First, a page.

In 1999, I covered Hurricane Floyd as it made landfall in North Carolina for the BBC News website. I filed throughout the night, but after the storm passed, it knocked out electricity and phone lines throughout the eastern third of the state. I wasn’t able to file a number of pictures I had taken because I simply had no way to get them back to the back to base. Within months after the storm, I had a data cable for my mobile phone. As the mobile technology got better, I could do more in the field. In 2006, on a trip for the BBC’s World Have Your Say, I was able to use a 3G data card in the US to set up a mobile WiFi hotspot and keep us connected when standard communications channels failed.

Mobile technology lets journalists stay closer to the story and connected not only to our office but also to our audience. The news organisations that experiment now will be best placed to take advantage of the journalistic possibilities that ever-advancing mobile technology allows.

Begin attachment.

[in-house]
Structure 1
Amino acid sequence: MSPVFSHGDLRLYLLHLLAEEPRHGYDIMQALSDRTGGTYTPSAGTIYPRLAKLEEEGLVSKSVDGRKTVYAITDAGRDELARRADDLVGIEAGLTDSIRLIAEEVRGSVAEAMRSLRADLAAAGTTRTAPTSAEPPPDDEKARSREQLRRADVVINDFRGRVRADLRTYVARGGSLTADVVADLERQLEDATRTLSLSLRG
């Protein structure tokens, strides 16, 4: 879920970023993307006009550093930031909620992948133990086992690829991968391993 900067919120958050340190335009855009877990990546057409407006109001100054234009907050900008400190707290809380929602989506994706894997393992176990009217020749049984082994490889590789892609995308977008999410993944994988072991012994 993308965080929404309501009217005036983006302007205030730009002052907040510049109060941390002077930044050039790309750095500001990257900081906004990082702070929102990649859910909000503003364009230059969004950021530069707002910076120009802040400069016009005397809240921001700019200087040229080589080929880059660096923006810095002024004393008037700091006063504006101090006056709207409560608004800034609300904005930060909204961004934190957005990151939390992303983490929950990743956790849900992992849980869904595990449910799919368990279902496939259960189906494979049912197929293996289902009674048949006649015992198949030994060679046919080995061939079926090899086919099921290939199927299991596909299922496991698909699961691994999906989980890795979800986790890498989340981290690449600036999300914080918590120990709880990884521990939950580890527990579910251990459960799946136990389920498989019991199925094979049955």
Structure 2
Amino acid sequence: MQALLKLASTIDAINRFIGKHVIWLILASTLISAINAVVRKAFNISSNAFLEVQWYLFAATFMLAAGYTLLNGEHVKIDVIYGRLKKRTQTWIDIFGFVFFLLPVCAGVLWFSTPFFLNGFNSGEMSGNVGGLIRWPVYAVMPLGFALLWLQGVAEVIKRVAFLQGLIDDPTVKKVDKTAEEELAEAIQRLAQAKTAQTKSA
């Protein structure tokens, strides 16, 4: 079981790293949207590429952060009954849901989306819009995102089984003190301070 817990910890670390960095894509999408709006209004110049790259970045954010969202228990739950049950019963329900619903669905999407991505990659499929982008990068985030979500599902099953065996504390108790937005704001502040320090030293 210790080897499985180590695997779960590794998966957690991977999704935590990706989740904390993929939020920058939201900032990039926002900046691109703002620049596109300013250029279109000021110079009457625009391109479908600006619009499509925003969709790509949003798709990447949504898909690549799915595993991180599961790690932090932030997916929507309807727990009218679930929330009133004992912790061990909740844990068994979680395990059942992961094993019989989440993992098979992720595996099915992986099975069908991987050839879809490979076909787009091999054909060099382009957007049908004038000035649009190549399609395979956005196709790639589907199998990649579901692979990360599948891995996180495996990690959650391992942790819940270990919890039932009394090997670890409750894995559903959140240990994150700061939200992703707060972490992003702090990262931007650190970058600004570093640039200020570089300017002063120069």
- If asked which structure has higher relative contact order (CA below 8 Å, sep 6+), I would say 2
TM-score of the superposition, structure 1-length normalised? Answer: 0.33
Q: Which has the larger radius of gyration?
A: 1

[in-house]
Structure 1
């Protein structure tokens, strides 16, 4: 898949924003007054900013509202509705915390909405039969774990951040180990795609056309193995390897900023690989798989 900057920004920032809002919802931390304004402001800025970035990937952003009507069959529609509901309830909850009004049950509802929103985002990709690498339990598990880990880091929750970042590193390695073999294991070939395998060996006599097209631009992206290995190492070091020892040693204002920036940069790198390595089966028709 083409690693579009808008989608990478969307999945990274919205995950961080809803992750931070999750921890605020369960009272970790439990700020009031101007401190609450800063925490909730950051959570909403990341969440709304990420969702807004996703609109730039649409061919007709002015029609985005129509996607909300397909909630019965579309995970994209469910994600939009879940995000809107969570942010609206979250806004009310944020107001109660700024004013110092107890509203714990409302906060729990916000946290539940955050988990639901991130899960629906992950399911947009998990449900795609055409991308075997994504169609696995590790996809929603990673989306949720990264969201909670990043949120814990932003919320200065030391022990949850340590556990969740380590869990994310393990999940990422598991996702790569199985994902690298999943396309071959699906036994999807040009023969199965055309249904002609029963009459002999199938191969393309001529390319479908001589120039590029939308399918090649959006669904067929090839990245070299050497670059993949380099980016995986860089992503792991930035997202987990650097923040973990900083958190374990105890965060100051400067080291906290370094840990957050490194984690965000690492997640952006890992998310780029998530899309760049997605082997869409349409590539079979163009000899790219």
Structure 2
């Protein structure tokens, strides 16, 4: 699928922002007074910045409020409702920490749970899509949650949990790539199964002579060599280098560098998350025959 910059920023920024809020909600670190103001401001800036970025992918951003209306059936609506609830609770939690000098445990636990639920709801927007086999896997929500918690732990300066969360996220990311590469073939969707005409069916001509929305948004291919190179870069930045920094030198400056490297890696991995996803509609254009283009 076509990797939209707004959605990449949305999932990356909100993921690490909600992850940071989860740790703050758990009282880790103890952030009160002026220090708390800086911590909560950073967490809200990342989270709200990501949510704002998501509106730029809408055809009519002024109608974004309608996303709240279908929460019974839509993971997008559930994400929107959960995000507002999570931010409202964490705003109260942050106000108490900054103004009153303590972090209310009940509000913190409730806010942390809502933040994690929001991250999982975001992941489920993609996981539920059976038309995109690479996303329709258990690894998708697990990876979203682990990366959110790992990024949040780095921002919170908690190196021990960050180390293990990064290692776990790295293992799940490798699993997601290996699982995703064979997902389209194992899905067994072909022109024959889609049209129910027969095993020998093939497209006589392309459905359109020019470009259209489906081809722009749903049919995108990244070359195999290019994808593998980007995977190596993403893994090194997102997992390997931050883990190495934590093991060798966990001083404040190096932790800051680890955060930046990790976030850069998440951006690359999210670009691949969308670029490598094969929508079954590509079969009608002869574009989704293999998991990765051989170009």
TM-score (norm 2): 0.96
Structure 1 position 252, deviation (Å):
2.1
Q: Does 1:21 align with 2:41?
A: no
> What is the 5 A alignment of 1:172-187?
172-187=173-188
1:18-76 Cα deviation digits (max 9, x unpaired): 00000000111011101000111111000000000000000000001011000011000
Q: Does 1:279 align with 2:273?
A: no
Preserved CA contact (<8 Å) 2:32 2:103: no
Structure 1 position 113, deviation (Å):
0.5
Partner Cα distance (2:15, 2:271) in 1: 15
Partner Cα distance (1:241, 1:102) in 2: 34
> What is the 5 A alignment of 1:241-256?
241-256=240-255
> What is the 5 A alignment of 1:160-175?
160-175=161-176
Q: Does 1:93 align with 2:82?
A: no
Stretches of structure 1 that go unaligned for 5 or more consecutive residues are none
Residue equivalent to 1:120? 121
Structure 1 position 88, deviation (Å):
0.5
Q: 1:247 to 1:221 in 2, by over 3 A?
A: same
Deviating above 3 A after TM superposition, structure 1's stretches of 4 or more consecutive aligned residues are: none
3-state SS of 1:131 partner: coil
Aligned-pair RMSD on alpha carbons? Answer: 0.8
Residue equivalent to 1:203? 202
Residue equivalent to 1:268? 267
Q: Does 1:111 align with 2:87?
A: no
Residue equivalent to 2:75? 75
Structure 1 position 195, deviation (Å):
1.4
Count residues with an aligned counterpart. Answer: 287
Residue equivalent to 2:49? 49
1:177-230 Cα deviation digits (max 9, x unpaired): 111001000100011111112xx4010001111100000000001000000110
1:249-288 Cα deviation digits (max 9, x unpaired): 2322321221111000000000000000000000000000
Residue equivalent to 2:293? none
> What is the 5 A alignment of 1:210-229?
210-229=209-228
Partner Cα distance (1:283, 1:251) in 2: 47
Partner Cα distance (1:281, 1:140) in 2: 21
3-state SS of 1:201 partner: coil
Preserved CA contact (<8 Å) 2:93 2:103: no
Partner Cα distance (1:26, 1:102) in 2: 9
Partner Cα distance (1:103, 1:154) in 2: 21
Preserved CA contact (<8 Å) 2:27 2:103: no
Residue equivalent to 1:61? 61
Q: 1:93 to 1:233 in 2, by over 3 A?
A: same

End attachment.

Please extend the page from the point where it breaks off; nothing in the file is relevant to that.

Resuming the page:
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Tuesday, August 14th, 2007

X|Media|Lab Melbourne: Liz Heller, Buzztone

Posted by Kevin Anderson

Sincere apologies to my fellow mentors for not getting some of my notes up sooner, but without WiFi on Friday and the mentoring all weekend, I usually ended up posting late at night. Friday, I stayed up until 130 in the morning. I did as much as I could in between sessions on the weekend, but being a mentor, I wanted to do justice to the groups who came to discuss their projects. As for continuing the late night blogging, exhaustion prevented me from doing more over the weekend.

Liz Heller started out in sociology, and she is fascinated how people travel in ‘groups and loops’. They formed a company called Buzztone, which “creates award-winning lifestyle, pop culture, urban and guerrilla marketing campaigns”. She went on to describe social motivations to keep in mind when thinking about social software and services: